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Earlier than thought: Worm burrows at rock layers over 600 million years ago

trace fossil in sediment/Luke Parry, U Bristol

From ScienceDaily:

The fossils were discovered in sediment in the Corumbá region of western Brazil, near the border with Bolivia. The burrows measure from under 50 to 600 micrometres or microns (?m) in diameter, meaning the creatures that made them were similar in size to a human hair which can range from 40 to 300 microns in width. One micrometre is just one thousandth of a millimeter.

Dr Russell Garwood, from Manchester’s School of Earth and Environmental Sciences, said: ‘This is an especially exciting find due to the age of the rocks — these fossils are found in rock layers which actually pre-date the oldest fossils of complex animals — at least that is what all current fossil records would suggest.’

The fossils found date back to a geological and evolutionary period known as the Ediacaran-Cambrian transition. This was when the Ediacaran Period, which spanned 94 million years from the end of the Cryogenian Period, 635 million years ago, moved into the Cambrian Period around 541 million years ago. To put that into context, dinosaurs lived between 230 and 65 million years ago in the Mesozoic Era.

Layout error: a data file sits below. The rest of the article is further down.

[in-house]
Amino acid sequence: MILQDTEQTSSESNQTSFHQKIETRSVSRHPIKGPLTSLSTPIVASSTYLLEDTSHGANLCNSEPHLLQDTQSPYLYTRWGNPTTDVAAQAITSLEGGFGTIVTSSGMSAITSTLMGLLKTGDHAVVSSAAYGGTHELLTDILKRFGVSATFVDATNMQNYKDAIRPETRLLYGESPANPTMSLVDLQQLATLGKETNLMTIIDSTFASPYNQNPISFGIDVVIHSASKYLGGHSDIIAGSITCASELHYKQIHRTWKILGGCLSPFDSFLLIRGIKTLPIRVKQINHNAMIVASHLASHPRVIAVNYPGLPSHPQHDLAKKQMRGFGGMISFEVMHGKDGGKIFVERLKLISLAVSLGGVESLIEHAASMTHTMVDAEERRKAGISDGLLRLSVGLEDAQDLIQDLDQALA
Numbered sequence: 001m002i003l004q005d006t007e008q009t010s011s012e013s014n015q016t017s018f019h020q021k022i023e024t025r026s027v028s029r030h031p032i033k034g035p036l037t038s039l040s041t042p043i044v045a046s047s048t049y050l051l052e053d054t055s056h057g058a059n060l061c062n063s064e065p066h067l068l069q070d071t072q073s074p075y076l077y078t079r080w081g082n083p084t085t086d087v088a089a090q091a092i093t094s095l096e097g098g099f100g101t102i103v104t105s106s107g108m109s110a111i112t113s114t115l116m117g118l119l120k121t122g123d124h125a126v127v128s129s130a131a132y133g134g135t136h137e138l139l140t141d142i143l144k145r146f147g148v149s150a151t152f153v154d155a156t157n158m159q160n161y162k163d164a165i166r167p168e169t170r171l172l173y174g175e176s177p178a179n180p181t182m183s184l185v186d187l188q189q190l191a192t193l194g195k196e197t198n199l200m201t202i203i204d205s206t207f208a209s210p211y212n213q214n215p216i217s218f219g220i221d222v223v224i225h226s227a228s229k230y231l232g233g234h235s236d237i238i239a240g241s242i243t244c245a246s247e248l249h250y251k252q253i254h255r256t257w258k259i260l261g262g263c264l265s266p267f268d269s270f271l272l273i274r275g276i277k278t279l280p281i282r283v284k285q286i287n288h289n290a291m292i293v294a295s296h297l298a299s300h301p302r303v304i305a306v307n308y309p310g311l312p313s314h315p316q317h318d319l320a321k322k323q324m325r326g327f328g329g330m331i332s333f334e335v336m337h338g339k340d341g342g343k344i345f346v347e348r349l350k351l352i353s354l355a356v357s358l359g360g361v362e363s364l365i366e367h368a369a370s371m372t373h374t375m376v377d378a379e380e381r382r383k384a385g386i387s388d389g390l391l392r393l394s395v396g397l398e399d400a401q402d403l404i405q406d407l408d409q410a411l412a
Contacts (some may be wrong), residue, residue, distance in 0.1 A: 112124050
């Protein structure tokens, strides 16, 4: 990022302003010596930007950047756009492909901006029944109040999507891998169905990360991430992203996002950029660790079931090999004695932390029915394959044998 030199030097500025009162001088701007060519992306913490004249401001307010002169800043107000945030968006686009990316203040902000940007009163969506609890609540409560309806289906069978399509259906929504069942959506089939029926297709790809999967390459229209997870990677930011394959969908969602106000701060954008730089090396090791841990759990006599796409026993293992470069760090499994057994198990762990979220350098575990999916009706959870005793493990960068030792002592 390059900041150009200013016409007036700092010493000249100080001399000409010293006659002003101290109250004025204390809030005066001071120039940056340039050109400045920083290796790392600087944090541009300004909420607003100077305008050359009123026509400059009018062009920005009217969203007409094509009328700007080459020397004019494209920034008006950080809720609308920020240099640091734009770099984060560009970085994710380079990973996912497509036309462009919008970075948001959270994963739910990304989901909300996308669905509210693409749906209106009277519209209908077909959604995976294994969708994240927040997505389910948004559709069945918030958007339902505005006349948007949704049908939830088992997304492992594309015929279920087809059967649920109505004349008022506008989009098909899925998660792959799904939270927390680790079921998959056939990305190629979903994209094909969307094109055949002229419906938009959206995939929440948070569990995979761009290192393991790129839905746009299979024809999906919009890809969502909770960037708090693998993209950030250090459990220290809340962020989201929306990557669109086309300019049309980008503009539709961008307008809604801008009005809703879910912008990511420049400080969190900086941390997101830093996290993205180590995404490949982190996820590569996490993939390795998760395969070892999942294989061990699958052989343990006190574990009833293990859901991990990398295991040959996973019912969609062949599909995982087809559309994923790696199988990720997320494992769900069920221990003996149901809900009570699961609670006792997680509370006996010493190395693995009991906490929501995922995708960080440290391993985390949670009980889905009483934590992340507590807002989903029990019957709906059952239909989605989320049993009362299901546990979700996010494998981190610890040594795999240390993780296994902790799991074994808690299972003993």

‘The fossils that we describe were made by quite complex animals that we call bilaterians. These are all animals that are more closely related to humans, rather than to simple creatures like jellyfish. Most fossils of bilaterian animals are younger, first appearing in the Cambrian period.’ Paper. (paywall) – Luke A. Parry, Paulo C. Boggiani, Daniel J. Condon, Russell J. Garwood, Juliana de M. Leme, Duncan McIlroy, Martin D. Brasier, Ricardo Trindade, Ginaldo A. C. Campanha, Mírian L. A. F. Pacheco, Cleber Q. C. Diniz, Alexander G. Liu. Ichnological evidence for meiofaunal bilaterians from the terminal Ediacaran and earliest Cambrian of Brazil. Nature Ecology & Evolution, 2017; DOI: 10.1038/s41559-017-0301-9 More.

In short, even less time can be allowed for the development of complex animals.

From Colin Barras at New Scientist: “It’s also important that these animals were burrowing through sediment, says Nic Minter at the University of Portsmouth, UK. “It marks the point at which these animals became ecosystem engineers, modifying their environment in ways that affect sediment geochemistry and could impact upon other organisms.”

See also: Oldest known multicellulars are Ediacaran seaweed 555 mya


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